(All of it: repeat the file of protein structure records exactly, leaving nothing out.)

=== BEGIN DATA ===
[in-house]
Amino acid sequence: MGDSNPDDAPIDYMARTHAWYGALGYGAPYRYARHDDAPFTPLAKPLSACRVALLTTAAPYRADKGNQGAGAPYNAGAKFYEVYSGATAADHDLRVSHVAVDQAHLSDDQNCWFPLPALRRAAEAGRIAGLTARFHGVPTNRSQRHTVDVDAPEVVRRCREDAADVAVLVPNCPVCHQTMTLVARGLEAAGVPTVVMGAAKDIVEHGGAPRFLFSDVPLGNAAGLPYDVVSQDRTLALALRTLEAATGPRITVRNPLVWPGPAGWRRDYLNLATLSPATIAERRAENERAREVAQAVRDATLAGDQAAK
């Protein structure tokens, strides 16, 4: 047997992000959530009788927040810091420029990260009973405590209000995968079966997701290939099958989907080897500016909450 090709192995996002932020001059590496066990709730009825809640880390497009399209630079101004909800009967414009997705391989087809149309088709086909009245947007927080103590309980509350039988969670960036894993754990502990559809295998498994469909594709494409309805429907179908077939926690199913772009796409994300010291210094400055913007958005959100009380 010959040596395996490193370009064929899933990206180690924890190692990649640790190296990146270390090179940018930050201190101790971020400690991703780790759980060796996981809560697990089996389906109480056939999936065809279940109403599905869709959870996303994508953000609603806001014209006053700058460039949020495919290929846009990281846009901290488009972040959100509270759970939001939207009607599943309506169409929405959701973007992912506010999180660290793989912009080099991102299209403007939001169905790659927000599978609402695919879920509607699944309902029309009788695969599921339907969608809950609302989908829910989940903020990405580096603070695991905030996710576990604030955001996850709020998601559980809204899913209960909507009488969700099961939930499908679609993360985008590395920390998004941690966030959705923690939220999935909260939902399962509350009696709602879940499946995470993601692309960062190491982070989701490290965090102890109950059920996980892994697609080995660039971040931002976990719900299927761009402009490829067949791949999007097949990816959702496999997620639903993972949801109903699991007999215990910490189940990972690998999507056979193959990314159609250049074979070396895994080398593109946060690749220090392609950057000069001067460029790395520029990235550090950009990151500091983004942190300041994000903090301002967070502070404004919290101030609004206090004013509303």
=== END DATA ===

[in-house]
Amino acid sequence: MGDSNPDDAPIDYMARTHAWYGALGYGAPYRYARHDDAPFTPLAKPLSACRVALLTTAAPYRADKGNQGAGAPYNAGAKFYEVYSGATAADHDLRVSHVAVDQAHLSDDQNCWFPLPALRRAAEAGRIAGLTARFHGVPTNRSQRHTVDVDAPEVVRRCREDAADVAVLVPNCPVCHQTMTLVARGLEAAGVPTVVMGAAKDIVEHGGAPRFLFSDVPLGNAAGLPYDVVSQDRTLALALRTLEAATGPRITVRNPLVWPGPAGWRRDYLNLATLSPATIAERRAENERAREVAQAVRDATLAGDQAAK
């Protein structure tokens, strides 16, 4: 047997992000959530009788927040810091420029990260009973405590209000995968079966997701290939099958989907080897500016909450 090709192995996002932020001059590496066990709730009825809640880390497009399209630079101004909800009967414009997705391989087809149309088709086909009245947007927080103590309980509350039988969670960036894993754990502990559809295998498994469909594709494409309805429907179908077939926690199913772009796409994300010291210094400055913007958005959100009380 010959040596395996490193370009064929899933990206180690924890190692990649640790190296990146270390090179940018930050201190101790971020400690991703780790759980060796996981809560697990089996389906109480056939999936065809279940109403599905869709959870996303994508953000609603806001014209006053700058460039949020495919290929846009990281846009901290488009972040959100509270759970939001939207009607599943309506169409929405959701973007992912506010999180660290793989912009080099991102299209403007939001169905790659927000599978609402695919879920509607699944309902029309009788695969599921339907969608809950609302989908829910989940903020990405580096603070695991905030996710576990604030955001996850709020998601559980809204899913209960909507009488969700099961939930499908679609993360985008590395920390998004941690966030959705923690939220999935909260939902399962509350009696709602879940499946995470993601692309960062190491982070989701490290965090102890109950059920996980892994697609080995660039971040931002976990719900299927761009402009490829067949791949999007097949990816959702496999997620639903993972949801109903699991007999215990910490189940990972690998999507056979193959990314159609250049074979070396895994080398593109946060690749220090392609950057000069001067460029790395520029990235550090950009990151500091983004942190300041994000903090301002967070502070404004919290101030609004206090004013509303």